Xbox Kinect v2 (Credits: Silvio Giancola)

It uses a time-of-flight technique. Essentially, the depth sensor emits light signals and then measures how long it takes for them to return. This information is used to construct a depth map, which is used to segment the player’s body into areas of interest.

That sounds like a lot of low-level coding. Fortunately, all of this is implemented and available to the public via Kinect SDK. Even better, Kinect v2 Examples with MS-SDK and Nuitrack SDK ($25 💩) handles the interfacing between Kinect and Unity. This made my life a lot easier!

An Example of Kinect V2 Skeleton Tracking (Credit: Steve Dent)

By the way, if you are wondering how Kinect tracks a person’s skeleton in 3D, check out Microsoft’s research paper on human pose recognition here.

The ability to express oneself is a key component of any multiplayer game. Most online games have global chats. For my project, facial animations acted as the primary mode of communication.

My inspiration for live facial animations came from a very popular game called VRChat. In this game, players exist inside a social metaverse through their favorite avatar. The avatars can make any expression the player desires. Only problem is that players have to manually create those animations and port them to the game. This puts too much burden on the player. Plus, not all players are good animators, which kind of breaks the illusion of the game…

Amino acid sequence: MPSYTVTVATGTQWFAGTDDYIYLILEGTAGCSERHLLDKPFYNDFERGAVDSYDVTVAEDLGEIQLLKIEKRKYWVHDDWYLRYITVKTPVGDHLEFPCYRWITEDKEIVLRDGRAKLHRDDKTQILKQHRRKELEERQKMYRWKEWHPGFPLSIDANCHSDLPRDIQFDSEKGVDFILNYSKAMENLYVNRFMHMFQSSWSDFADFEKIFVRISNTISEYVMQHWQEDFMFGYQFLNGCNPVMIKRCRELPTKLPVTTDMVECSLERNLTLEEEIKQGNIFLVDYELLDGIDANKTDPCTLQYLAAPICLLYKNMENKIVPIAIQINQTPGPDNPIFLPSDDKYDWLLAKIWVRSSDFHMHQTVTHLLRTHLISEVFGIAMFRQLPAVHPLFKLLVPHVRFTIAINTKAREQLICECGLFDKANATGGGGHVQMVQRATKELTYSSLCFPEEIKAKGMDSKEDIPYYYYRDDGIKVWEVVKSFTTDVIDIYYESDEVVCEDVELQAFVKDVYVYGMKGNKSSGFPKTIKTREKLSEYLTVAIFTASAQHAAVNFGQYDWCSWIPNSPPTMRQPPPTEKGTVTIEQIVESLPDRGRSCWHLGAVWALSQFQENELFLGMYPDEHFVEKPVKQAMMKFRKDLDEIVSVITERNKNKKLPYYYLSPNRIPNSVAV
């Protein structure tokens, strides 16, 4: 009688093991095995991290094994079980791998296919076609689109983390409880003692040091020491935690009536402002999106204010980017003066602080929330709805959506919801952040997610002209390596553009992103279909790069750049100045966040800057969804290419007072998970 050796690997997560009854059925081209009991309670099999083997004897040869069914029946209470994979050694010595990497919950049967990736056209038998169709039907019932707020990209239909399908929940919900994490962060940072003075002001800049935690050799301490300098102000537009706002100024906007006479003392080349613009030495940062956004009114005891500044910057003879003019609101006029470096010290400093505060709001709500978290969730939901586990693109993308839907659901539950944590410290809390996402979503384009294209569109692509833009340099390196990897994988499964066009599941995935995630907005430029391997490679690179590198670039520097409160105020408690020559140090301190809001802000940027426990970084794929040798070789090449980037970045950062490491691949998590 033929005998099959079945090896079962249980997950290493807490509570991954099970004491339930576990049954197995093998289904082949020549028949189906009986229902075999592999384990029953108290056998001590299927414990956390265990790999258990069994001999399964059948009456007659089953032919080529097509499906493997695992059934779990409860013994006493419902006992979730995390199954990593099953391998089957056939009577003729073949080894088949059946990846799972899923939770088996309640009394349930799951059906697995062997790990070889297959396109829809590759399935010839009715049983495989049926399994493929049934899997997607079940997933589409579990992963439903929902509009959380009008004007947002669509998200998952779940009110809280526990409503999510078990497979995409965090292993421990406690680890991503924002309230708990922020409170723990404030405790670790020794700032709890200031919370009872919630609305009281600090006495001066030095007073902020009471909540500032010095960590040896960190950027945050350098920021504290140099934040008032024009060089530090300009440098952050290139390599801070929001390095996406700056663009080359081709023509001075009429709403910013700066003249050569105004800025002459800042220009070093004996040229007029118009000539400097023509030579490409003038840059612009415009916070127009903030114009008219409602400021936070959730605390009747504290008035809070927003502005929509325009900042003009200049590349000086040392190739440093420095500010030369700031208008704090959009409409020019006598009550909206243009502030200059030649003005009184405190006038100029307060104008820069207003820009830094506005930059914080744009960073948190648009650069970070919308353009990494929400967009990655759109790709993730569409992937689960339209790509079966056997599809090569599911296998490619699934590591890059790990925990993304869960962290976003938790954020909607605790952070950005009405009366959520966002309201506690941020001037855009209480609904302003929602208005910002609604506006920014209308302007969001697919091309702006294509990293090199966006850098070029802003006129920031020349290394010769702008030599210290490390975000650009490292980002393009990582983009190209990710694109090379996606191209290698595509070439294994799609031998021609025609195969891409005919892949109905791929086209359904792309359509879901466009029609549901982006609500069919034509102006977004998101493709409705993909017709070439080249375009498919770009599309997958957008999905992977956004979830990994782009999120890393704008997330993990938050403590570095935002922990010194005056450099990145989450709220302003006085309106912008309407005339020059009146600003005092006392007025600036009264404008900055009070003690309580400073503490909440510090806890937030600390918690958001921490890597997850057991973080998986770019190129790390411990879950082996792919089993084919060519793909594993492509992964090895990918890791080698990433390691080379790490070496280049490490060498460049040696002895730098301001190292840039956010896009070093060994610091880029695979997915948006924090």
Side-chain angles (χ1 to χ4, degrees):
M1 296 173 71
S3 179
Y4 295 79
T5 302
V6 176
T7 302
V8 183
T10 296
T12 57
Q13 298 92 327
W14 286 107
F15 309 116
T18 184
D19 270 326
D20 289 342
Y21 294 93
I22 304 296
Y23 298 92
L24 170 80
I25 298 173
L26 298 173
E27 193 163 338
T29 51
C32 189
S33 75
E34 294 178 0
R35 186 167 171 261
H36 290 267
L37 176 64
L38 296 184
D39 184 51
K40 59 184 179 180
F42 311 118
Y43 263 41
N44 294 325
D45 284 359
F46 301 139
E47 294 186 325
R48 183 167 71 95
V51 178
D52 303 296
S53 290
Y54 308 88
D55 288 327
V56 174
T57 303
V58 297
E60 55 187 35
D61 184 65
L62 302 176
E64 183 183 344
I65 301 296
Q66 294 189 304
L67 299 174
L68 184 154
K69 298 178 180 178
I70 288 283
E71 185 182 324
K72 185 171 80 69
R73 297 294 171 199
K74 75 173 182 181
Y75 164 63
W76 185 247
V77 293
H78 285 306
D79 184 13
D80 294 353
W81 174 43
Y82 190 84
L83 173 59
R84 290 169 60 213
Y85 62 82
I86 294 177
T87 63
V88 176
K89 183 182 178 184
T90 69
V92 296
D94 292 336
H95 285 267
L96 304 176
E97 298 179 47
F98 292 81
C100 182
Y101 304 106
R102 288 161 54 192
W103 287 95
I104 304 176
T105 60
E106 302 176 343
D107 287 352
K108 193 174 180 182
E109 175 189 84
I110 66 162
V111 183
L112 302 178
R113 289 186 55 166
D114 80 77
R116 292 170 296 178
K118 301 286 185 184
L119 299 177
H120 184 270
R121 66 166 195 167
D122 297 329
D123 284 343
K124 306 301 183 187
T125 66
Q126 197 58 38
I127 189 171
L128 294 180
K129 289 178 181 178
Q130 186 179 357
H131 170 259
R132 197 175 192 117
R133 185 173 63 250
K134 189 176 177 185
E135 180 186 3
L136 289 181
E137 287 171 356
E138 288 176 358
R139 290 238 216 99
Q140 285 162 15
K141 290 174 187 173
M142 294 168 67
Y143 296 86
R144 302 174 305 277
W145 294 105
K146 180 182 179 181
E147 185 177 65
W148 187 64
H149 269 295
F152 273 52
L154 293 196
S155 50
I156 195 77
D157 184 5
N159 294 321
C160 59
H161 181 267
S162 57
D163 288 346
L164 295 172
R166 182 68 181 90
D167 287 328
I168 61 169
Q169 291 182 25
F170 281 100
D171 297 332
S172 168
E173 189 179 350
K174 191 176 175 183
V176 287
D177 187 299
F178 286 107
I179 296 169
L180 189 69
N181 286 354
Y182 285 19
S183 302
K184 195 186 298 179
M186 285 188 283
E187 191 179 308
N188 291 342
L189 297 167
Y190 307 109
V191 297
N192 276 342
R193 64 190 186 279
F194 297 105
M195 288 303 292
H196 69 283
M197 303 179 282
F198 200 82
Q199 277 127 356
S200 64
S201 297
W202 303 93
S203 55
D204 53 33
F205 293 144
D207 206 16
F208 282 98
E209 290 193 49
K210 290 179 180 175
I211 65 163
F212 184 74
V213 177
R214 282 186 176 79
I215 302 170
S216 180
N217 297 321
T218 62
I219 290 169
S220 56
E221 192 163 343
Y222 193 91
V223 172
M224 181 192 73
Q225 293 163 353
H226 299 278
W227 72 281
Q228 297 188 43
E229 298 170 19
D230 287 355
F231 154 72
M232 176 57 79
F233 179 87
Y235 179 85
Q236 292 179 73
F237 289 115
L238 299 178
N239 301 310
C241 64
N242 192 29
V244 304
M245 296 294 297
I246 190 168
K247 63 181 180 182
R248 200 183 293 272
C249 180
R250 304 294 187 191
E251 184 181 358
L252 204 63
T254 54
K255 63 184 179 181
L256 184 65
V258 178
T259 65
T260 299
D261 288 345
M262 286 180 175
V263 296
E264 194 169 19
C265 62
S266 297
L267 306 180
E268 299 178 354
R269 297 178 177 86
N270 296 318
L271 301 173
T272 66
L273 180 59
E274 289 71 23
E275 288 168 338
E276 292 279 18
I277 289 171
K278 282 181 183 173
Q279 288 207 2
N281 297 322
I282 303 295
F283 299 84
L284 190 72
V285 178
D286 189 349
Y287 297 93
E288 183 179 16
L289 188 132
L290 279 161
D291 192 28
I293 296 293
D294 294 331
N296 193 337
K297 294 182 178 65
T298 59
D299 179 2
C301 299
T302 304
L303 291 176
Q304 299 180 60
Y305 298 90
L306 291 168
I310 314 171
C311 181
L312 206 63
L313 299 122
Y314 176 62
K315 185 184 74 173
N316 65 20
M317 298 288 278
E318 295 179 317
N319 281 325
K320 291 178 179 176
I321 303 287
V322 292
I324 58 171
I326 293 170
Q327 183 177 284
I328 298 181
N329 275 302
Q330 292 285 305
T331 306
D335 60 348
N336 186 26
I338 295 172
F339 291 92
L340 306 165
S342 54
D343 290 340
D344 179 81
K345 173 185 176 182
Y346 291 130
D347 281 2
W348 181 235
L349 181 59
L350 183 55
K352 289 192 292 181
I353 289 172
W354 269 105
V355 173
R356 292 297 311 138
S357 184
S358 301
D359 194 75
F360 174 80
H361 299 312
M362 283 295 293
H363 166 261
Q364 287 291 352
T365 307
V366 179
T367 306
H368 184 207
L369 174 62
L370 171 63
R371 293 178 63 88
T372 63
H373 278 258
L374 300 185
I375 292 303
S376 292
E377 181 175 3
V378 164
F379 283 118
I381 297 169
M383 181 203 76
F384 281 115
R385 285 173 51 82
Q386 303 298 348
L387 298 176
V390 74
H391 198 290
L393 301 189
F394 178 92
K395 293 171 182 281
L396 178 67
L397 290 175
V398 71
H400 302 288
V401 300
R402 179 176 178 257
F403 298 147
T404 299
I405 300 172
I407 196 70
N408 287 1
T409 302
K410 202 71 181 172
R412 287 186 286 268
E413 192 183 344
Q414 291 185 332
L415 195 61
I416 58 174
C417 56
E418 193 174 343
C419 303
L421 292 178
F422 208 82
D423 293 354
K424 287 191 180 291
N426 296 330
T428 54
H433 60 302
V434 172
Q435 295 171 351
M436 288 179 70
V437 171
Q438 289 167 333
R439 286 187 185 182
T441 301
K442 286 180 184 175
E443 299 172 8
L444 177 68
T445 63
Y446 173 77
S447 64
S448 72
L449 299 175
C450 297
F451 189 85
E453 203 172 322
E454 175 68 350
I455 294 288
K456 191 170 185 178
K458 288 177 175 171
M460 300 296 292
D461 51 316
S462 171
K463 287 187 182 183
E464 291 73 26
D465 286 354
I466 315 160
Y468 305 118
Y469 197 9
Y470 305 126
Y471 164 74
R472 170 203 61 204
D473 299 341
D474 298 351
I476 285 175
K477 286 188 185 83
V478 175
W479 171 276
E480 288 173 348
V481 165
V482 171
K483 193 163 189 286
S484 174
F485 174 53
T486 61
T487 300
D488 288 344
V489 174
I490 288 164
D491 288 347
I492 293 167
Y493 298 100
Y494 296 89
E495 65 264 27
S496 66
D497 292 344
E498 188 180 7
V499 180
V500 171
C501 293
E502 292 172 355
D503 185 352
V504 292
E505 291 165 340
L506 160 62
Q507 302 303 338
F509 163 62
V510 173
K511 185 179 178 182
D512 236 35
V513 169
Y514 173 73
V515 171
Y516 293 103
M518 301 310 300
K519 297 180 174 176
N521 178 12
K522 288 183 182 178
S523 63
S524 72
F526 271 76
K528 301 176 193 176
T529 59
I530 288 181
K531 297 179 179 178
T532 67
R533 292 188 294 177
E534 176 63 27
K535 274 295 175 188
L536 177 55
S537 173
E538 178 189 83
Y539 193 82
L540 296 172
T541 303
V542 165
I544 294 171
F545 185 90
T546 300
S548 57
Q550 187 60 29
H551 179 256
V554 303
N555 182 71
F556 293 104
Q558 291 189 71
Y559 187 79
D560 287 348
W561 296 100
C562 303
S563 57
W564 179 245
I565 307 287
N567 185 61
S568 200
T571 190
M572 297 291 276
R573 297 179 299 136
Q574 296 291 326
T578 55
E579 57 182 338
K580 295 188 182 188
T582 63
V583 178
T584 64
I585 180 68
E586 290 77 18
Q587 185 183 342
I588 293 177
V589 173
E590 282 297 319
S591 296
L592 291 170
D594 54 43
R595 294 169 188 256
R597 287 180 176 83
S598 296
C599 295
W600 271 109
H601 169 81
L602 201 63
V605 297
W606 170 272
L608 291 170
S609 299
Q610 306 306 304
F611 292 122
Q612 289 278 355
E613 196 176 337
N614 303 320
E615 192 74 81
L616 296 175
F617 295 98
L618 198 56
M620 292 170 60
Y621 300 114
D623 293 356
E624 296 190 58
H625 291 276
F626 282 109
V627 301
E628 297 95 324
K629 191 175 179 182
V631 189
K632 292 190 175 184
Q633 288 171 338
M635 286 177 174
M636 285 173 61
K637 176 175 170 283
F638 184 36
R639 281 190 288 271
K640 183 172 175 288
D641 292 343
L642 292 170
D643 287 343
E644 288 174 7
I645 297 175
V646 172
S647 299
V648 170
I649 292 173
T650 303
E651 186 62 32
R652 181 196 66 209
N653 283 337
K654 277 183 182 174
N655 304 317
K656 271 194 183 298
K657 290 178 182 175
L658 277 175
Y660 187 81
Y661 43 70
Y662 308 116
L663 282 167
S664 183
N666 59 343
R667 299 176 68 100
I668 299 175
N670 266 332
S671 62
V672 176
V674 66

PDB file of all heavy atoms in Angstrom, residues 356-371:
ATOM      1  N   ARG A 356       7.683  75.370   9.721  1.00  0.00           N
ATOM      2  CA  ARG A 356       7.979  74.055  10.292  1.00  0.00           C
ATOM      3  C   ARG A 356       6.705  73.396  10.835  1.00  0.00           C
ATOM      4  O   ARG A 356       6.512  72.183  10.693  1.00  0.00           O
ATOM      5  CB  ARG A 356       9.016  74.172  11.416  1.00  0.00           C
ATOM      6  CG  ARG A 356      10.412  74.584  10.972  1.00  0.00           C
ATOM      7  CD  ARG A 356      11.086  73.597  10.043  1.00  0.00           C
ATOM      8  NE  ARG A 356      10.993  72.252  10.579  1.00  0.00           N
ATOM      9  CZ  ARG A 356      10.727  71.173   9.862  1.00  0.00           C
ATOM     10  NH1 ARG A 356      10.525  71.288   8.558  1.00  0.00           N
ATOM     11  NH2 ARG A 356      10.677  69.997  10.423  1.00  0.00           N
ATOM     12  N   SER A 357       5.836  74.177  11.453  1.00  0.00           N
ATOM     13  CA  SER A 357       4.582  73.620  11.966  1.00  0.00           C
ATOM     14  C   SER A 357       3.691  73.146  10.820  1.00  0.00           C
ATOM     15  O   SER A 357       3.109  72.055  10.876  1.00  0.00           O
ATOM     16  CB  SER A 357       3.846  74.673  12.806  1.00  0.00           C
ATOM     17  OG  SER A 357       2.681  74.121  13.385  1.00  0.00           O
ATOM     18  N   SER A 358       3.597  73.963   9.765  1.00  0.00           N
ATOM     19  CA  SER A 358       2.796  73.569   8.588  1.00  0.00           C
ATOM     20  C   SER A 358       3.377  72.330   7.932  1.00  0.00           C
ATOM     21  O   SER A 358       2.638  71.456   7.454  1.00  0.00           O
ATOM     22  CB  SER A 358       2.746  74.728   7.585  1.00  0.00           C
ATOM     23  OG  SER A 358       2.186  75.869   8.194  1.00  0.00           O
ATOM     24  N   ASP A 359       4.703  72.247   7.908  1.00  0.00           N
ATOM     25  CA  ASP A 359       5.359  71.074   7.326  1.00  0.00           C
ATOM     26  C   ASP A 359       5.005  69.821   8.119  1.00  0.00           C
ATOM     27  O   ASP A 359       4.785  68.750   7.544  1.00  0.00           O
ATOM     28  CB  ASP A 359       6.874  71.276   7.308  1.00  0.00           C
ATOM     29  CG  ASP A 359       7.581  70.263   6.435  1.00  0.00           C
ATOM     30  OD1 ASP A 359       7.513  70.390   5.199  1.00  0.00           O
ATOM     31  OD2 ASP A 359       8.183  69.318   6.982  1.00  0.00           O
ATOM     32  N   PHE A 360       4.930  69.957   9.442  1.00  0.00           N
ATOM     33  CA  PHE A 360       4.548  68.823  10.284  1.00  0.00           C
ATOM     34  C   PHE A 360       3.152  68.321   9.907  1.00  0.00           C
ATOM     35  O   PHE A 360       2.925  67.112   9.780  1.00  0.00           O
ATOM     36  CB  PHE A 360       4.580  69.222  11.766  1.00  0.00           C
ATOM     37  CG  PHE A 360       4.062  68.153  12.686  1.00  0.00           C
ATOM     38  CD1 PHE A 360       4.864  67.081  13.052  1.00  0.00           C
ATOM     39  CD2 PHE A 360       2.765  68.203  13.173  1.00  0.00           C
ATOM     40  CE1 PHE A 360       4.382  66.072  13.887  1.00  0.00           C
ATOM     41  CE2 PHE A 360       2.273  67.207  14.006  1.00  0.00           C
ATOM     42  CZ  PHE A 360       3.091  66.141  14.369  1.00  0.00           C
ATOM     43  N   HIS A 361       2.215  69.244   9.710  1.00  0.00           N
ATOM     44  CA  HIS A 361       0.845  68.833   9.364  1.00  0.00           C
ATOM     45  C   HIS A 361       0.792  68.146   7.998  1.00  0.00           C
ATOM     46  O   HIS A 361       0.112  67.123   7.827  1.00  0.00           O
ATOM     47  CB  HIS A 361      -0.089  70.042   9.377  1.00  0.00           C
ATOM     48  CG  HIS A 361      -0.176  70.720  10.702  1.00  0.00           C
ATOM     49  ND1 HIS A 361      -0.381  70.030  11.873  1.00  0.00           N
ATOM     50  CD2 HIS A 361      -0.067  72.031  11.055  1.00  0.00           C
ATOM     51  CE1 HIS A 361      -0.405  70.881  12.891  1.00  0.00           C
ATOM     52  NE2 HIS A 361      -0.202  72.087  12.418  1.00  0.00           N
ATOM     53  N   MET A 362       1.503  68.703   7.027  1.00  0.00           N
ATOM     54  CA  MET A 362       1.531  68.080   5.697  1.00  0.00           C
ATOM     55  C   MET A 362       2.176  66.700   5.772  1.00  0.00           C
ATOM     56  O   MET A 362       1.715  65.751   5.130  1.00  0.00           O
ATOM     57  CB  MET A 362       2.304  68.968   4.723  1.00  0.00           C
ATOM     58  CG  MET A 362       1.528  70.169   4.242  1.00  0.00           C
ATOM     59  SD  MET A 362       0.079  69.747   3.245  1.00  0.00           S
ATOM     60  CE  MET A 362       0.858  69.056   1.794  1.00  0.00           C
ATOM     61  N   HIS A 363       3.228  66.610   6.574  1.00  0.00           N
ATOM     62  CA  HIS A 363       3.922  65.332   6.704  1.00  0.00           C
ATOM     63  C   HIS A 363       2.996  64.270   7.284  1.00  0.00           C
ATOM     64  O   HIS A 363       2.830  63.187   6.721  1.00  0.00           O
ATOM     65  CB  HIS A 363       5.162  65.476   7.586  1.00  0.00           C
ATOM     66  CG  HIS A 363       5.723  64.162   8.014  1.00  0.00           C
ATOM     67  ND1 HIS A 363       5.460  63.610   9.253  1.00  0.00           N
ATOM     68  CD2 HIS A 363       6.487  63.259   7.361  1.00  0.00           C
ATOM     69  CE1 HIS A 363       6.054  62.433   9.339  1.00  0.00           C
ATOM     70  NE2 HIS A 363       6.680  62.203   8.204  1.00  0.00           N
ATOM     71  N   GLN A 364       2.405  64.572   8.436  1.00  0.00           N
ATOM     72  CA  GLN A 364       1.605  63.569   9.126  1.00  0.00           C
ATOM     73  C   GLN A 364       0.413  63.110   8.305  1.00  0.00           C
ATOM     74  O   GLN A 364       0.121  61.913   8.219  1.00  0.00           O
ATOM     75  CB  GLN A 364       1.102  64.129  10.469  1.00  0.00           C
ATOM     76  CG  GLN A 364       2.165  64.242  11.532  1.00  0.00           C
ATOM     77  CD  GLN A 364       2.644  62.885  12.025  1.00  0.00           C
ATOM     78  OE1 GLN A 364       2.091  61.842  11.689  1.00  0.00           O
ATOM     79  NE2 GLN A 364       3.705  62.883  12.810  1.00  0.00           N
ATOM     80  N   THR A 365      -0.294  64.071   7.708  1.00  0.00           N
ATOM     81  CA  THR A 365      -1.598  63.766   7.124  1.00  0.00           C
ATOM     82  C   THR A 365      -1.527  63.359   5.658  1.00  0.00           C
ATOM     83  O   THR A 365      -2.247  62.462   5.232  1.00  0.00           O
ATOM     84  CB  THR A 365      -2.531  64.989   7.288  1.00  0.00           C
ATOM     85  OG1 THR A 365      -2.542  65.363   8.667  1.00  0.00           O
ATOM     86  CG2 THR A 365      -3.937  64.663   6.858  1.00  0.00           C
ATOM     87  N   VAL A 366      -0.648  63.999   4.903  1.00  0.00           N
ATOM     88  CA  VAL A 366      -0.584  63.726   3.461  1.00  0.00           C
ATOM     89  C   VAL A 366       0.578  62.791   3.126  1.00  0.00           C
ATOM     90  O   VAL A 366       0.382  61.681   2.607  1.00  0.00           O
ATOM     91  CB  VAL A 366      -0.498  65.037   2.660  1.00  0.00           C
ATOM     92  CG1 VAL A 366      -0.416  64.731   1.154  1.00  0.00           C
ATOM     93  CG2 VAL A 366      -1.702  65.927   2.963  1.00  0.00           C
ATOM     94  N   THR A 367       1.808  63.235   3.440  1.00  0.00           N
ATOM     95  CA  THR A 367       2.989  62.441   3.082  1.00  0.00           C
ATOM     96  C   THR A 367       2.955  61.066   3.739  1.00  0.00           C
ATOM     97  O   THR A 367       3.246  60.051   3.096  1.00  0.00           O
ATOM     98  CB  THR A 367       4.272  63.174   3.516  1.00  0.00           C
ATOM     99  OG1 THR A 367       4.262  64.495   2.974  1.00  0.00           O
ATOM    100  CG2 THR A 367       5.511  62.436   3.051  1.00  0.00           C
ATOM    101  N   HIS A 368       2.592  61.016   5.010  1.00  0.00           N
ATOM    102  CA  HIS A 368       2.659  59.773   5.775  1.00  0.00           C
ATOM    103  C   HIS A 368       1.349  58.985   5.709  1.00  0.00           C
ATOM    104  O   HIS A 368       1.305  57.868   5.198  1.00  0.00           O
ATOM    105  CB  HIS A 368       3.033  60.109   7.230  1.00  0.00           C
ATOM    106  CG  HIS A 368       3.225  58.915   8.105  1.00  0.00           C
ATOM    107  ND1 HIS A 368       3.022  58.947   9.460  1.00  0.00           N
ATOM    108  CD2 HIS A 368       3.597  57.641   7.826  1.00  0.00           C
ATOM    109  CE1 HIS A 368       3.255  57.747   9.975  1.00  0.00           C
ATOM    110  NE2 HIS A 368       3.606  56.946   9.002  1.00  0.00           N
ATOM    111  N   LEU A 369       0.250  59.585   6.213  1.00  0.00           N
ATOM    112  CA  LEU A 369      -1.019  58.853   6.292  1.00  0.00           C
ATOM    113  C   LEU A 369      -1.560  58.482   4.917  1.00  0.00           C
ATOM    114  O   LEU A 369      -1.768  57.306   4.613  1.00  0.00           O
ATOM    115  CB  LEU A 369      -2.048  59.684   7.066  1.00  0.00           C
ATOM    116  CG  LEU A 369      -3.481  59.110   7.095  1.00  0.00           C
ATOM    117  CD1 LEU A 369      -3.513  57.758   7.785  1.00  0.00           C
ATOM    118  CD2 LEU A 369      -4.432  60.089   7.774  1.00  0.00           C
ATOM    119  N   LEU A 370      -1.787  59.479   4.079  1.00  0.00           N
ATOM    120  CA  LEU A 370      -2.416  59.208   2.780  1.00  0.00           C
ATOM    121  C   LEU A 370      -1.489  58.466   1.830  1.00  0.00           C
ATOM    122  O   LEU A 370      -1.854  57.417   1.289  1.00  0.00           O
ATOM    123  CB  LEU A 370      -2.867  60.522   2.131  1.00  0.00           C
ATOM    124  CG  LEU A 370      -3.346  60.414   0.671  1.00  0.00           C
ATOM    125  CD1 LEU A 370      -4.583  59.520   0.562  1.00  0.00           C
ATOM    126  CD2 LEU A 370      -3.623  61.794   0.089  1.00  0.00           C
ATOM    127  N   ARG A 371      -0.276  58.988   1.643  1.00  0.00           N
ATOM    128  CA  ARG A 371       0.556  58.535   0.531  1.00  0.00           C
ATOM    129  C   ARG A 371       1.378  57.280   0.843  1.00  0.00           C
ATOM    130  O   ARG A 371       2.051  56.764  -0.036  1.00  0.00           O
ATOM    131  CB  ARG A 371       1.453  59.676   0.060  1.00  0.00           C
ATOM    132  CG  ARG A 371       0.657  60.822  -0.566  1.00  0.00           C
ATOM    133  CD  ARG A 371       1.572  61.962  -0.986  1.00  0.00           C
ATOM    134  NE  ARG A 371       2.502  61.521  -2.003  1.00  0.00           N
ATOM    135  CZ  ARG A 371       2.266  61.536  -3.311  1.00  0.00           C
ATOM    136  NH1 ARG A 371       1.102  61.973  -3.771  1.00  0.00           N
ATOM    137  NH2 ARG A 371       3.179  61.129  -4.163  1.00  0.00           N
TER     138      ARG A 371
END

There needed to be an out-of-the box solution. I decided to make the avatar mirror the player’s facial expressions! Points on a person’s face can be tracked and mapped onto the avatar’s mesh. For this task, I used Deformable Shape Tracking (DEST). It is an open-source library that detects points on the face, also known as landmarks.

DEST in action (Credits: Christoph Heindl)

To incorporate DEST into Unity, I used the Native Plugins feature. I imported DEST code from C++ into Unity via a Dynamic-link library (DLL) and was able to access its functions in Unity’s scripts.

It turned out that I couldn’t just change the vertices of the face mesh as I desired. Facial expressions are really complex and involve many moving parts. Instead of animating individual vertices, I used blendshapes.